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Serving the students and the University community since 1893
Copyright 1987 The Daily Tar Heel
Volume 95, Issue 108
Friday, December 4, 1987
Chapel Hill, North Carolina
Ticket change may mot toe
By BARBARA LINN
The proposed change in the word
ing on the back of Ticketron tickets
will not affect the constitutionality of
searches at Smith Center events, legal
experts said Thursday.
However, legal opinions about
whether the change should be made
The change was suggested by Steve
Camp, director of the Smith Center,
in response to concern about the
constitutionality of a disclaimer on
the back of the tickets.
The disclaimer states that ticket
holders are admitted on the condition
that they consent to a "reasonable
search for alchohol, drugs or wea
pons." The proposal would change
that phrase to "a reasonable, legal
By LANGSTON WERTZ
For 30 minutes Thursday night, the
North Carolina basketball machine
was rolling, and all the Stetson
Hatters could do was watch it run.
But for the final 10 minutes, the
No. 1 -ranked Tar Heels blew a tire
as Stetson made an 18-1 run to cut
a 29-point UNC lead to 12. In the
end, though, Tar Heel talent over
came Hatter hustle and North Caro
lina prevailed 86-74, before 18,732 at
the Smith Center.
Coach Dean Smith, though happy
with the win over what he called "a
capable Stetson team," said the Tar
Heels are overrated and have a long
way to go.
"I think this game is indicative of
the way we're playing," Smith said.
"We built the lead to 29 . . . and we
should be able to do- better (at
protecting the lead)."
One big reason the Tar Heels had
a routine blowout turned into a
learning experience was Stetson's
Terry Johnson, who paced the Hat
ters' second-half bravado with four
treys and 12 of his 14 points. Three
of Johnson's bombs came in the
three-minute Stetson rally which cut
an 80-51 UNC lead to 81-69 with 3:02
Aiding Johnson was star forward
Randy Anderson, who contributed
15 points to the Hatter cause.
But as well as Johnson and And
erson played, the game belonged to
North Carolina's Scott Williams.
Williams scored 16 points, wiped the
boards clean seven times and blocked
four shots. The most amazing of the
6-foot-10 center's blocks came at the
end of a one-on-three situation in the
first half. Williams rebounded, lost
the ball, then blocked the ensuing
Stetson shot and retrieved the loose
After the game, Williams said that
he was mentally into the game and
"I felt my shot was really on
tonight," the sophomore Williams
said. "I felt I was really hot out there.
1 felt 1 couldn't miss." Actually, he
missed four times Thursday, but
made his other eight attempts.
But while Williams shined, UNC's
slumbering giant continued to strug
gle. J.R. Reid had another tough
game, going only three-for-seven
from the field and scoring 12 points.
"I was trying to do too much too
early in the season," Reid said,
searching for an explanation for his
uncharacteristic play. "I just need to
keep taking the shots that I usually
take. The more games we play, the
better 1 will play and the team will
olice advise stadeints to take vataatoles Ihome over torealc
By BRIAN McCOLLUM
Students who live on campus
should take all valuable items home
with them during Christmas break,
University police advised Thursday.
Maj. Robert Porreca said that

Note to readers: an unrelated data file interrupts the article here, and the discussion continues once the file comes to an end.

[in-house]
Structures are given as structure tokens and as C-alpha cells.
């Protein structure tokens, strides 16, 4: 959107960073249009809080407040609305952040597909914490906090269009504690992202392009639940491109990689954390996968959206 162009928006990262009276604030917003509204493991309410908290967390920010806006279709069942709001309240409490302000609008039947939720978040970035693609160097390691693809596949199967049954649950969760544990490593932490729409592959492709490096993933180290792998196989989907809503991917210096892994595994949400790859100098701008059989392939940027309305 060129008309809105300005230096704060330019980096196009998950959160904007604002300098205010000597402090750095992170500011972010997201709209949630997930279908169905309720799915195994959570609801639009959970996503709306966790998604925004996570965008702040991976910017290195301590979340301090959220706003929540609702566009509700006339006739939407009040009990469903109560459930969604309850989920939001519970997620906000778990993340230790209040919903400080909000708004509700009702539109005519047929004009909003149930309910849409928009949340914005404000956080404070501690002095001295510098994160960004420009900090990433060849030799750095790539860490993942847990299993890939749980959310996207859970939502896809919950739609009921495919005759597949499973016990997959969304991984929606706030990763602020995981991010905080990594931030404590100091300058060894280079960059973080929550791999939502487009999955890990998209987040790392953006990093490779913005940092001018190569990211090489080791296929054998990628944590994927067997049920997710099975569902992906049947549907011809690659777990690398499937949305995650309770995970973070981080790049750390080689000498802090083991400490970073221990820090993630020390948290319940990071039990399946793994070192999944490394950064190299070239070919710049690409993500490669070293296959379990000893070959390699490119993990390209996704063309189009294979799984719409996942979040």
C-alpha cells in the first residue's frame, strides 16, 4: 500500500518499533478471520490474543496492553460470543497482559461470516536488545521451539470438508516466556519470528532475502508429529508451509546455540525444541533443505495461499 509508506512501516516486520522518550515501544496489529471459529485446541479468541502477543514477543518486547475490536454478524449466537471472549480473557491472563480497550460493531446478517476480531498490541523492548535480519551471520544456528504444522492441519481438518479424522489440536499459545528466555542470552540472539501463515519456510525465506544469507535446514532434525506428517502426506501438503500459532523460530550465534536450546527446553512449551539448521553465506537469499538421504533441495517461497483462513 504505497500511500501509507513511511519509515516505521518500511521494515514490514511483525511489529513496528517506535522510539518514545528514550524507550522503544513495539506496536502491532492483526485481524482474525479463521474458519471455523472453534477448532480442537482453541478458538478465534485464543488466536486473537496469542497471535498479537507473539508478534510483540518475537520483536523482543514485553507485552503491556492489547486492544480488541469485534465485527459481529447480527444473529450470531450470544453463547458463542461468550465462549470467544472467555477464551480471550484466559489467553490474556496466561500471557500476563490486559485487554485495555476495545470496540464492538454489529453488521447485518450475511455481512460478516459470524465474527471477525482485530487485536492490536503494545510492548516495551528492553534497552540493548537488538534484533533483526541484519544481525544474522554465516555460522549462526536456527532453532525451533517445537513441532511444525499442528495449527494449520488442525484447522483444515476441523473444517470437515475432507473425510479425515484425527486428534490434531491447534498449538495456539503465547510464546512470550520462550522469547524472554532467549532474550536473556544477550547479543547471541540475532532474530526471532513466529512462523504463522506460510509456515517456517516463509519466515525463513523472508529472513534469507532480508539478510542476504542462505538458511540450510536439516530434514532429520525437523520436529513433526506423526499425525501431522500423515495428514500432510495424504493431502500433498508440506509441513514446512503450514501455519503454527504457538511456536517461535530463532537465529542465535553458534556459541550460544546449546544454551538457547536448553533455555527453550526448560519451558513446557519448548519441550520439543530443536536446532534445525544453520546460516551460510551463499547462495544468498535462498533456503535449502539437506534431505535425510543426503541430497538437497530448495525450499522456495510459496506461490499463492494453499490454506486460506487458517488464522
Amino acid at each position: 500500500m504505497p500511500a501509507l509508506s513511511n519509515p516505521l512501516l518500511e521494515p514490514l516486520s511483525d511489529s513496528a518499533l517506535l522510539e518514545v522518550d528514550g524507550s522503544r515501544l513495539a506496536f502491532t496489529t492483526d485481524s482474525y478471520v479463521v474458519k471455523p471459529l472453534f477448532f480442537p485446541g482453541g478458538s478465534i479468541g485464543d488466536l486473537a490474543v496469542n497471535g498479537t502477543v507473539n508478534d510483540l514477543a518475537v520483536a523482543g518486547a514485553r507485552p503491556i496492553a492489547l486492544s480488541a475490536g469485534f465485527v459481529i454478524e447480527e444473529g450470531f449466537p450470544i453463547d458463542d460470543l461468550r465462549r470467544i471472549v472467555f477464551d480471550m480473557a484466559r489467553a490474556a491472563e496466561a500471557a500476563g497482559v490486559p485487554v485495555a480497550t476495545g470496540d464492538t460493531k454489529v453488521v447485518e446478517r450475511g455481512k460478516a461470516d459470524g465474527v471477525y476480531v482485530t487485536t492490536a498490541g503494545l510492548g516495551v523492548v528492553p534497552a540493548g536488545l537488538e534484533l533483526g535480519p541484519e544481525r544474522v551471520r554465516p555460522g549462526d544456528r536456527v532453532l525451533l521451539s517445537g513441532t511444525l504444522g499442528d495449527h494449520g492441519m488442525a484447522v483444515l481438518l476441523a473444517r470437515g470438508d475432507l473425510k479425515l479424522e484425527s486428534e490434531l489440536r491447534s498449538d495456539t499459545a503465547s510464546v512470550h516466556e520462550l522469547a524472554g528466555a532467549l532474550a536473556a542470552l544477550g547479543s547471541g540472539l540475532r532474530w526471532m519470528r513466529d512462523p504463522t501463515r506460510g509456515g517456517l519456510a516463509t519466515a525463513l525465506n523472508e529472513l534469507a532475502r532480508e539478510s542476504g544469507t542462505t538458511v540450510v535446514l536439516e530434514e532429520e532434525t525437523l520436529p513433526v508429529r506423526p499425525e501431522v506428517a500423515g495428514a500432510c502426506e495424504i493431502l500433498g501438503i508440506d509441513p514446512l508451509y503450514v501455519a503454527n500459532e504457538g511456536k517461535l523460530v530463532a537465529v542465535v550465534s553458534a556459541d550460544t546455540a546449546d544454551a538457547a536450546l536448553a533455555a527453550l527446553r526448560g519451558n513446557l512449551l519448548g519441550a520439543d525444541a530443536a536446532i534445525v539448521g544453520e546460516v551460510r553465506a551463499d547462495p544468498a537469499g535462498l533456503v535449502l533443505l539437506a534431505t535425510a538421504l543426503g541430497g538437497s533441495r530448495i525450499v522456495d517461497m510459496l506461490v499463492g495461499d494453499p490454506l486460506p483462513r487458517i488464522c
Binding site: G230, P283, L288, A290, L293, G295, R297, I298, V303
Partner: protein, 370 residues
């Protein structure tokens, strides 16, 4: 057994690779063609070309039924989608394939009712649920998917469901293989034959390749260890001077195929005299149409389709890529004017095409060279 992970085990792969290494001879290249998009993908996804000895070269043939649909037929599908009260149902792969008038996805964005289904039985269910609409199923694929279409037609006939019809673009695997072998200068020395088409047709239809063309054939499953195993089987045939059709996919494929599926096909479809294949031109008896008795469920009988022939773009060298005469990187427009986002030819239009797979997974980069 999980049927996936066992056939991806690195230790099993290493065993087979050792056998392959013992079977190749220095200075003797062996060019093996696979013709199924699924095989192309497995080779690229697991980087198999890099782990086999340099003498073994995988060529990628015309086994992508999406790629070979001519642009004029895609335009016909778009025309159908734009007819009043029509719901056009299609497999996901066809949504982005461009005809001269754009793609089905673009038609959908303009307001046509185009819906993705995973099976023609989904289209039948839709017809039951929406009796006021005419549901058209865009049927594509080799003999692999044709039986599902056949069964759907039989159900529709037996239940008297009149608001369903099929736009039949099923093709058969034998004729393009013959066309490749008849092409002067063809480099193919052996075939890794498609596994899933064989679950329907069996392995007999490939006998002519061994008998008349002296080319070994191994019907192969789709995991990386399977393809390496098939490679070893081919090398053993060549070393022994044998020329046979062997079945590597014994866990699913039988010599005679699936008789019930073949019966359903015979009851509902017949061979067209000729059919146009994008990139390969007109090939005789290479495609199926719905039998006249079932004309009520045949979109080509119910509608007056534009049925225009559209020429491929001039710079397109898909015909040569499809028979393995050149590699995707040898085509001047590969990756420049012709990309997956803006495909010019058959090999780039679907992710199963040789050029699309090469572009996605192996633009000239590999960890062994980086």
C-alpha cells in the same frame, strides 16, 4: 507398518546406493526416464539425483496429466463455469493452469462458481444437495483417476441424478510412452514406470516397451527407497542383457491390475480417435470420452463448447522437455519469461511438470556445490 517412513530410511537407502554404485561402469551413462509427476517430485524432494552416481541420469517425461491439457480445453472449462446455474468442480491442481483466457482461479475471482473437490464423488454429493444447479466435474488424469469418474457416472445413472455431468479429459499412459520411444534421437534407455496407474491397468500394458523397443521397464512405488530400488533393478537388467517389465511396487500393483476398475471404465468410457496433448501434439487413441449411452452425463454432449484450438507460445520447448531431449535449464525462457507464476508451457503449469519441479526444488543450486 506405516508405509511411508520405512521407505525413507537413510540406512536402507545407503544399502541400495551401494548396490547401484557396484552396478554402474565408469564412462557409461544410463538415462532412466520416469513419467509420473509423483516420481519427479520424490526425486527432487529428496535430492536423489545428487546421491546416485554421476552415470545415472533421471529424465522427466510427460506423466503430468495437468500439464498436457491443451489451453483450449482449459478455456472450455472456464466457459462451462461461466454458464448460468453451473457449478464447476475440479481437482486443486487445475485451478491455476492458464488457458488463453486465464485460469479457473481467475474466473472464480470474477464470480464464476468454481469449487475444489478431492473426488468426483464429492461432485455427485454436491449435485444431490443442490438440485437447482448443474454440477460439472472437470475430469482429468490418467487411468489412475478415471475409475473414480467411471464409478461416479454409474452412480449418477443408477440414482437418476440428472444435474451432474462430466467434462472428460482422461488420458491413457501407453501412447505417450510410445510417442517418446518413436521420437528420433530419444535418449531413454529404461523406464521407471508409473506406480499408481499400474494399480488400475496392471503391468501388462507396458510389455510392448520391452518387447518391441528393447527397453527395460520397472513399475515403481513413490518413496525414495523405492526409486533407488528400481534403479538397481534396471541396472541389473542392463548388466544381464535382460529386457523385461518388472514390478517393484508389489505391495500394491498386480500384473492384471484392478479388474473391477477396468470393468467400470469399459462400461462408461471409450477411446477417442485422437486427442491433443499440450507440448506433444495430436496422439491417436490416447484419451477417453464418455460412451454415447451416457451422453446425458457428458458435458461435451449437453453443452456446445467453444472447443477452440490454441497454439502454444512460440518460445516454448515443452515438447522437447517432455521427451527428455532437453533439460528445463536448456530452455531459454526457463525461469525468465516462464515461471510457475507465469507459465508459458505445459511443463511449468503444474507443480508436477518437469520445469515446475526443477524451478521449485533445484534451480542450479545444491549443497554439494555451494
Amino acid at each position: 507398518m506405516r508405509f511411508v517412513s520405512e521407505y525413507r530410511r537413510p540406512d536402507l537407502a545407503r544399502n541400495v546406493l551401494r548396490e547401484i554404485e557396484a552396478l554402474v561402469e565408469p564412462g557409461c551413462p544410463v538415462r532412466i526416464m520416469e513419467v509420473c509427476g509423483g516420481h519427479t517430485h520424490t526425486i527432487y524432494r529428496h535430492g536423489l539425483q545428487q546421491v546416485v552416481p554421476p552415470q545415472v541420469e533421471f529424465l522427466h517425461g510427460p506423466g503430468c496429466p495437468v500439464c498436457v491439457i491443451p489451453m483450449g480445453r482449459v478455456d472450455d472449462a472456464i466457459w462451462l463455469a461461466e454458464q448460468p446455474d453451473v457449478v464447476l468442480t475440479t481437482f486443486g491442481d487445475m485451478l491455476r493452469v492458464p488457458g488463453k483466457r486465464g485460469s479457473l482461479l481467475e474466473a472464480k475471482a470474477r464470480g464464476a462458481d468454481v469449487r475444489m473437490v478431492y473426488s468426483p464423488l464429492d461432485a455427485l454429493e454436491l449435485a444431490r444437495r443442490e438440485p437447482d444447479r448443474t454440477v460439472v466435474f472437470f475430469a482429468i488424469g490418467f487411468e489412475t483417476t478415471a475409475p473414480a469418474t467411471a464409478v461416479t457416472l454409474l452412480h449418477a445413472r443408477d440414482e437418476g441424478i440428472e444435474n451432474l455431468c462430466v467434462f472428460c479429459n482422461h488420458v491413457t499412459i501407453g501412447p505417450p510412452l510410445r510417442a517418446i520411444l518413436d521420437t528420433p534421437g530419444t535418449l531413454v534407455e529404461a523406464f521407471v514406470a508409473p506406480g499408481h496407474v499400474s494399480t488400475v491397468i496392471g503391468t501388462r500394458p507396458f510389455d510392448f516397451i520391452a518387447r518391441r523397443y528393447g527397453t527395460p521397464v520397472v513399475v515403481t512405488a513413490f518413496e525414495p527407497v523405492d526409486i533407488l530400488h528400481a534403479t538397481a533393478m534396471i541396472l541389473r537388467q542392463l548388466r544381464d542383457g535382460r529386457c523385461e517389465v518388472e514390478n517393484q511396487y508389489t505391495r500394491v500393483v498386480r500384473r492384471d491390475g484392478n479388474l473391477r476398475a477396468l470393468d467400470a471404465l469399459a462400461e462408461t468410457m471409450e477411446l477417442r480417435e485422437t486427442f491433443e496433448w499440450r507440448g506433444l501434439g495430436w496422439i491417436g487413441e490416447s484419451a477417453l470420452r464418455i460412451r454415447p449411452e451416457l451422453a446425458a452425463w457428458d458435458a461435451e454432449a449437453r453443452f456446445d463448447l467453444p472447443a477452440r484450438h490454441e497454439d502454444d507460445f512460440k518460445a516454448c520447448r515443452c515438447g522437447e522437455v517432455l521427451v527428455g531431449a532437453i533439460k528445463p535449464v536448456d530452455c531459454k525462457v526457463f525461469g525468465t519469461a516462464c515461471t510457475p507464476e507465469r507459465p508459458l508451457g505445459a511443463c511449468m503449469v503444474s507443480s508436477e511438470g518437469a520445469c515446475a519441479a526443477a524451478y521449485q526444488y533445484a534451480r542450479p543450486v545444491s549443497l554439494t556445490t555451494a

although there has been no estab
lished crime pattern during past
Christmas holidays, the potential for
crime always exists.
"We have had problems in the
Camp said he wanted to change
the wording on the back of the tickets
to satisfy concerns that have been
raised about the legality of the
"First of all, I am not sure if what
is there is wrong," Camp said. "But
going on from there, we have con
tracted Ticketron to look at a way
to make people comfortable with the
wording, whatever that may be.
"We want to find a reasonable,
logical way to clarify the statement.
If there is concern, let's clarify that
concern," he said.
William Simpson, North Carolina
Civil Liberties Union staff attorney,
said the wording of the disclaimer will
not affect the legality of a search.
"Whatever is on the back of the
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Pete Chilcutt (left) drives past
Smith, who again preached his
yearly gospel that UNC is overrated,
said Reid was simply trying too hard.
"It wasn't as bad tonight," Smith
said of Reid's problems. "He missed
Smith blamed Reid's struggles on
pressure caused by too much presea
past," he said. "As long as we have
dorm rooms with something attrac
tive in them, there's always a chance."
Department statistics from 1985,
the latest year for which figures are
available, show December is a high
month for minor larcenies, Porreca
said. The number of breaking and
entering reports was relatively stable.
Porreca said anything can look
attractive to potential thieves, partic
ularly small items like jewelry. He
O frabjous day! Callooh!
ticket won't change the constitution
ality of a search," Simpson said.
"What is on the back of the ticket
"I don't think the change makes
a difference," he said. "An unreason
able search is illegal. A reasonable
search is probably constitutional.
There is dispute about the meaning
of 'reasonable.' "
Maj. Robert Porreca of University
"They can put anything they want
on the back of the ticket and it has
nothing to do with the way law
enforcement people operate," he said.
"We conduct our operation under
accordance of the law. Period."
Porreca said that if a case concern
ing an unconstitutional search were
brought to court, he would not use
Stetson's Torbjorn Gehrke (30) for
son hype and compared Reid's hype
induced struggles to the same prob
lems faced by Michael Jordan in his
Smith also said that Reid and the
rest of the Tar Heels were in trouble
against the Hatters at the half, when
UNC led 44-33. Undoubtedly, he
must have been pleased with the
recommended that students move
every possible valuable item from
their rooms before break begins.
"It may be a lot of extra work,"
Porreca said, "but it's better to know
you're going to have that property
than have to replace it."
Students who own bicycles should
not keep them outside over the break,
"It's best to take them with you,"